Democratic lawmakers are responding mostly positively to the State of the State address the governor gave Monday, saying something many thought they'd never hear. Still, they added some words of caution to his proposal to tackle personal property tax.
"We have listened to Gov. Otter's State of the State address and found much to like in his comments," said Senate Minority Leader Michelle Stennett of Ketchum as she read a statement from Democrats on Tuesday.
In general, Democrats said they liked what Otter had to say, and it lends itself to this new theme of compromise many are noticing in the state Capitol this week.
Nevertheless, when it comes to a big issue in the state Legislature this year, eliminating personal property tax, the Democrats find some aspects of that worrisome.
"We appreciate that his approach to the personal property tax issue includes consideration of creating new local revenue opportunities,” said Stennent. “However, while we seek policy to help our major employers thrive, we must be sure that our communities are not impoverished. The Legislature must not force communities to cut critical services like ambulances, firefighting and the police. The Legislature must ensure that school districts aren't forced to slash budgets and degrade educational opportunities further."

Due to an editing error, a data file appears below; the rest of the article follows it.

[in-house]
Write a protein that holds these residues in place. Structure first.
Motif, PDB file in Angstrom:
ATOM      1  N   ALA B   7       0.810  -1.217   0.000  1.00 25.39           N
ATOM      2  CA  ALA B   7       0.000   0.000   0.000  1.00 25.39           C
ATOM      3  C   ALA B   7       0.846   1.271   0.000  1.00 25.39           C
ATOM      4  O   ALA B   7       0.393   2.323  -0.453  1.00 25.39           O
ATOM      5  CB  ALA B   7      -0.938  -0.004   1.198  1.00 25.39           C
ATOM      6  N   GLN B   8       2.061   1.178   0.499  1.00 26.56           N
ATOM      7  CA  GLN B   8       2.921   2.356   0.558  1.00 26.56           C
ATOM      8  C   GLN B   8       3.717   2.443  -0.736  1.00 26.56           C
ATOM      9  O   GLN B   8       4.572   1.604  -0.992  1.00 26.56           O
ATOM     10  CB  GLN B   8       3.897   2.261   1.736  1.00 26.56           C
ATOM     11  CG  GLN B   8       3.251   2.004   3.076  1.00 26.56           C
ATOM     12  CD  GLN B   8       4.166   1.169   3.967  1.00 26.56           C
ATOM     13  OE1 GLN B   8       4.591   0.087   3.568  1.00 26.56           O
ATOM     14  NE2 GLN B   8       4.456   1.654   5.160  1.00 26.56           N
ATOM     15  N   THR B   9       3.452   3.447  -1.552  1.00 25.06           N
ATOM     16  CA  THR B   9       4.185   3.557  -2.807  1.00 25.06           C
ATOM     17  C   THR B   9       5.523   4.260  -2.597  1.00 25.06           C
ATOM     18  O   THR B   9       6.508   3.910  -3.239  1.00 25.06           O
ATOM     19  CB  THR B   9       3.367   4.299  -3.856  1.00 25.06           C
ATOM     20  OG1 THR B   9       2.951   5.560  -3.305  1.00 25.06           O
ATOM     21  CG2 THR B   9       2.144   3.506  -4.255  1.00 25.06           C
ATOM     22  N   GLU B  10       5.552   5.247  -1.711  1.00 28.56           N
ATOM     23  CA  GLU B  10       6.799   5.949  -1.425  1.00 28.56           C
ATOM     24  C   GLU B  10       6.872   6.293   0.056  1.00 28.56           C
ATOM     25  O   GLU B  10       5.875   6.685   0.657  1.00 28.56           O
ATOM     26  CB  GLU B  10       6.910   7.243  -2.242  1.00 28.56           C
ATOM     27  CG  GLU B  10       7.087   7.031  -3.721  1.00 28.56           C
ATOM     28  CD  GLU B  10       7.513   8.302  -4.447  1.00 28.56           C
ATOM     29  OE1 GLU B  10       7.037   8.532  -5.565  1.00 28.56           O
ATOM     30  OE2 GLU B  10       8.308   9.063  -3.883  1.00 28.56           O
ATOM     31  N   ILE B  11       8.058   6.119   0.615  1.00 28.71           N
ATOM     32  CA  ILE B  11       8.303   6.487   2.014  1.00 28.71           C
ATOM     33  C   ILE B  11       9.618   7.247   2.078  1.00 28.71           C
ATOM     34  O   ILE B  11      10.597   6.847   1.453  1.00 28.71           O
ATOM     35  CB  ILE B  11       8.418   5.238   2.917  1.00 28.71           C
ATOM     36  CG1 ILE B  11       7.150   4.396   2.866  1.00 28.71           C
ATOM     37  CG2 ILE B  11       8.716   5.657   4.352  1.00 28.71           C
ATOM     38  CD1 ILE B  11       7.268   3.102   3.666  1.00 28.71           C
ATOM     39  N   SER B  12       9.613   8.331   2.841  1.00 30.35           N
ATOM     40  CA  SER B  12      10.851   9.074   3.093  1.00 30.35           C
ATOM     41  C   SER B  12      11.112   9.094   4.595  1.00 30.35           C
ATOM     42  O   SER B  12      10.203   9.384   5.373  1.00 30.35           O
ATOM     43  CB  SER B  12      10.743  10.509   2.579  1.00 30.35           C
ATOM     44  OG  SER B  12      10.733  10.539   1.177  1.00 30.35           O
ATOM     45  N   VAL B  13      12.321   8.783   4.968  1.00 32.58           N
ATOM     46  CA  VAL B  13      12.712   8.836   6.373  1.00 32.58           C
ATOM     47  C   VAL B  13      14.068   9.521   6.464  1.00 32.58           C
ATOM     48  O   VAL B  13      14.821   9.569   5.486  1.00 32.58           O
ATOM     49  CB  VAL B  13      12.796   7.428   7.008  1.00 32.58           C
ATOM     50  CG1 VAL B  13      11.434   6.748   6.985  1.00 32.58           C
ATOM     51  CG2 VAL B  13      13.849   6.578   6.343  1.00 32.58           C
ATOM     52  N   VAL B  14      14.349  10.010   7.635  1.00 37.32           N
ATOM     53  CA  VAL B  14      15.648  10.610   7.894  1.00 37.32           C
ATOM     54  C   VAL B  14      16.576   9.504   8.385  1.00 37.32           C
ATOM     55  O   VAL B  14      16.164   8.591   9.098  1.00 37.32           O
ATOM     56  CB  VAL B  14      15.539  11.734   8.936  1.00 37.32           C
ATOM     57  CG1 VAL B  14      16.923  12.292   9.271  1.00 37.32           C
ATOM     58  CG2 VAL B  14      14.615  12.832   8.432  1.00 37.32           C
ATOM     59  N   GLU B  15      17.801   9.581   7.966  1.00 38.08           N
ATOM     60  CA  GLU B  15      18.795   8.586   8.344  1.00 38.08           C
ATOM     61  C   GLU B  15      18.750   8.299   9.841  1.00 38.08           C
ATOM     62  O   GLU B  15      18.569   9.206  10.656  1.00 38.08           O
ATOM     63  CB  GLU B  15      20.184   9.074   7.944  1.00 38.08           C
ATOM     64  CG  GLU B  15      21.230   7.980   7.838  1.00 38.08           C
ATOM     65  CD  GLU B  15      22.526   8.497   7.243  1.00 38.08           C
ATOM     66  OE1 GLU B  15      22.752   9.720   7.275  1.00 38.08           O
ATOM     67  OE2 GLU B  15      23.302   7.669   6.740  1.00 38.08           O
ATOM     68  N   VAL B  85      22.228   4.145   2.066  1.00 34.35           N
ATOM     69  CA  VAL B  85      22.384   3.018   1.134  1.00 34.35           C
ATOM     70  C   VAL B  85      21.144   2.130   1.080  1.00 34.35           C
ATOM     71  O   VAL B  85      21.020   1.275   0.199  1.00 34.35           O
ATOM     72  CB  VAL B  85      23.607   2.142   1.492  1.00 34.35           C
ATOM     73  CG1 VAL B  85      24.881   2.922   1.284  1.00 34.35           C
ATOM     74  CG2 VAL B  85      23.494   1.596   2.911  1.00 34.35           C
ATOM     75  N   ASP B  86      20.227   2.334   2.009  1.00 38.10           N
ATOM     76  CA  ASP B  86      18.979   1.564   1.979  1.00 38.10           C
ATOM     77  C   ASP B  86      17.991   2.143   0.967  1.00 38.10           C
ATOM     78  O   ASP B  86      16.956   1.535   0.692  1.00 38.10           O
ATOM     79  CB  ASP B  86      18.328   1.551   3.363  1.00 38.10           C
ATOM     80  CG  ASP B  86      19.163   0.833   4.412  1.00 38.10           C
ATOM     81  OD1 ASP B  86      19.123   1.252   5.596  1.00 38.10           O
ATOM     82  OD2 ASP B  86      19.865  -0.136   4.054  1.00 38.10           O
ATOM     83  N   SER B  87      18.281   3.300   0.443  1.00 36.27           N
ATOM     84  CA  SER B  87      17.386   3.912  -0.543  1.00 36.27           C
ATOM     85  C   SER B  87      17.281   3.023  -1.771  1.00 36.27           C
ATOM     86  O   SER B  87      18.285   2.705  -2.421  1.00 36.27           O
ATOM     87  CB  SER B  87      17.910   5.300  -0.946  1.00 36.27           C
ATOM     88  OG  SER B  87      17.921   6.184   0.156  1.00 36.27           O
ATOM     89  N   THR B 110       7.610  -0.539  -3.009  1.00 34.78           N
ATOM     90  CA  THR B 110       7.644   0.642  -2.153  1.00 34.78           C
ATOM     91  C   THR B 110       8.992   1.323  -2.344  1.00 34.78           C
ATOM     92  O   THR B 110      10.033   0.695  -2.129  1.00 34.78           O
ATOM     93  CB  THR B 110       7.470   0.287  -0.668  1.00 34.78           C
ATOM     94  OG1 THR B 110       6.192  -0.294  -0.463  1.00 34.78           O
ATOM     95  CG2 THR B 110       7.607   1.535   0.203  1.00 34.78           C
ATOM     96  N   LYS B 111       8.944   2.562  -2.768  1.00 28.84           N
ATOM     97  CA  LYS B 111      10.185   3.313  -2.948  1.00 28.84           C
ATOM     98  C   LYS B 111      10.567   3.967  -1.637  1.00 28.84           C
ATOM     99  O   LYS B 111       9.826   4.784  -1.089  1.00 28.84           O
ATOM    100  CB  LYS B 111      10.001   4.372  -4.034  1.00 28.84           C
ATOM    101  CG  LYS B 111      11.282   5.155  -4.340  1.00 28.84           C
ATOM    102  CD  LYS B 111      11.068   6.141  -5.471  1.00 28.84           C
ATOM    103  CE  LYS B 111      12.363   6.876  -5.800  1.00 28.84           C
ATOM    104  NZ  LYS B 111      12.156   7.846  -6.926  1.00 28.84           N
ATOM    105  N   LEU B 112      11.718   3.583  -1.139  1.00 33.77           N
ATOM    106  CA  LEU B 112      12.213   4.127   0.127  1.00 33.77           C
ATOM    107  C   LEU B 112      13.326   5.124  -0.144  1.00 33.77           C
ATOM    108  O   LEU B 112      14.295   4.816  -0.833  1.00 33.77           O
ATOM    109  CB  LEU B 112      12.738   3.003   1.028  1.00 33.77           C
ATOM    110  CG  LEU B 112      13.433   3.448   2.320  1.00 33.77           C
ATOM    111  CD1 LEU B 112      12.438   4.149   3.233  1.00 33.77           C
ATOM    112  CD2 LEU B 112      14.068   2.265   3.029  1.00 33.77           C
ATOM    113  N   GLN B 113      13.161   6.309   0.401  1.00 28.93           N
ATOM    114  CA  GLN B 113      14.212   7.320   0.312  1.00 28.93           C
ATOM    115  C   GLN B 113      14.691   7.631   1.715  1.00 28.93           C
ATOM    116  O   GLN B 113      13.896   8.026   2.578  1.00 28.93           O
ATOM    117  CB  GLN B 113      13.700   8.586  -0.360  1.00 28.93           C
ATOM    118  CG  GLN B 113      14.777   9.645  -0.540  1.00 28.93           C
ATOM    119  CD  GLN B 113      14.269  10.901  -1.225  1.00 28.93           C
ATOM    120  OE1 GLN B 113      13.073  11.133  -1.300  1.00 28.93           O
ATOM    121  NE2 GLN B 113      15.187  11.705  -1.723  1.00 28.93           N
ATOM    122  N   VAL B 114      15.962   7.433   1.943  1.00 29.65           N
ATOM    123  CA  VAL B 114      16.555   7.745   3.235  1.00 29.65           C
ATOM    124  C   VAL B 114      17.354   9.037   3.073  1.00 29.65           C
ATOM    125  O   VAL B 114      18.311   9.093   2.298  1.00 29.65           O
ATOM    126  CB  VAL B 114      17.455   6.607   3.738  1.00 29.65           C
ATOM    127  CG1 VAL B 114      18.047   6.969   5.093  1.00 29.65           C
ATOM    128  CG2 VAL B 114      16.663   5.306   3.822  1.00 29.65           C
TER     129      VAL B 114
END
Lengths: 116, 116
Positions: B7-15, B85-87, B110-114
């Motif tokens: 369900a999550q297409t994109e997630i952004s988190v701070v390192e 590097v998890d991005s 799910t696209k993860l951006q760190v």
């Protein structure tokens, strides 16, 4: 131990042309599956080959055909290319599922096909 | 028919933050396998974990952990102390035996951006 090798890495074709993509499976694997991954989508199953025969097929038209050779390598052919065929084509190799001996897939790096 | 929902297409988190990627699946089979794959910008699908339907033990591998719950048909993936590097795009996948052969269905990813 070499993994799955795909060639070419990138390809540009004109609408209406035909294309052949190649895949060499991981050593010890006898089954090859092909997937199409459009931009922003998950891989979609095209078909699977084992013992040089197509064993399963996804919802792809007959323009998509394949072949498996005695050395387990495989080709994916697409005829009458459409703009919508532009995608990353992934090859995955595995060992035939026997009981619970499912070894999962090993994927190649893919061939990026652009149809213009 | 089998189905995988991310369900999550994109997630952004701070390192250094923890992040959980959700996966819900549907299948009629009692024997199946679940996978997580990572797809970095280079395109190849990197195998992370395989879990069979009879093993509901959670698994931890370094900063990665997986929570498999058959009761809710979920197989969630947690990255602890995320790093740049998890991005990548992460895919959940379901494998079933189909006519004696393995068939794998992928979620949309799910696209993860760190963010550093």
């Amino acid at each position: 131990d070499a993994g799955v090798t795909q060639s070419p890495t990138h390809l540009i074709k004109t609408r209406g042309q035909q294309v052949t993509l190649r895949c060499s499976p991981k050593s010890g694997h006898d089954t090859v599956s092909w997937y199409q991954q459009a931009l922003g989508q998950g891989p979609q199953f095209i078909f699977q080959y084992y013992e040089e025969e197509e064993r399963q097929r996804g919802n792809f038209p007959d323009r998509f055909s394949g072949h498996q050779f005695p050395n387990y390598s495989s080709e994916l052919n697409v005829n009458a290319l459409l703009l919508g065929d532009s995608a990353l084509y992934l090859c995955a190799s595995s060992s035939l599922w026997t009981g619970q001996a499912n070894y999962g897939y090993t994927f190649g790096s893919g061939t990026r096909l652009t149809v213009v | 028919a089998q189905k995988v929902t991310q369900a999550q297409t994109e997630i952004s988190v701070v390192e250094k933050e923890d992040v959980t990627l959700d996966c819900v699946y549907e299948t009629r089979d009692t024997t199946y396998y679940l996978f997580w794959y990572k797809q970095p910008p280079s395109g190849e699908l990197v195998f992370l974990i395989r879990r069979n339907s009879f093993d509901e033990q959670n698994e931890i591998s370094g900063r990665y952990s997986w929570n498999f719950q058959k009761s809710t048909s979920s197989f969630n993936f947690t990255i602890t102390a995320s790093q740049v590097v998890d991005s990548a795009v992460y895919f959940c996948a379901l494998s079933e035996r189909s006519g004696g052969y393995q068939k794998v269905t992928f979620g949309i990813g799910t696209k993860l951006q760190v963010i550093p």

Legislative leaders on both sides of the aisle recognize the devil will be in the details.
They all know they can't just pull personal property tax revenue out from under local governments – they'll just have to find a way to replace it.
Senate Majority Leader Bart Davis, R-Idaho Falls, told Local News 8 and KIDK that the personal property tax will be a tough issue to wrestle with, but he said businesses in Idaho don't just dislike the personal property tax – they hate it.
"I've never seen in the week or two I've been here quite the resolve to drive a stake through the heart of business personal property tax like I've seen this year,” said Davis. “It's been something that troubled us for years."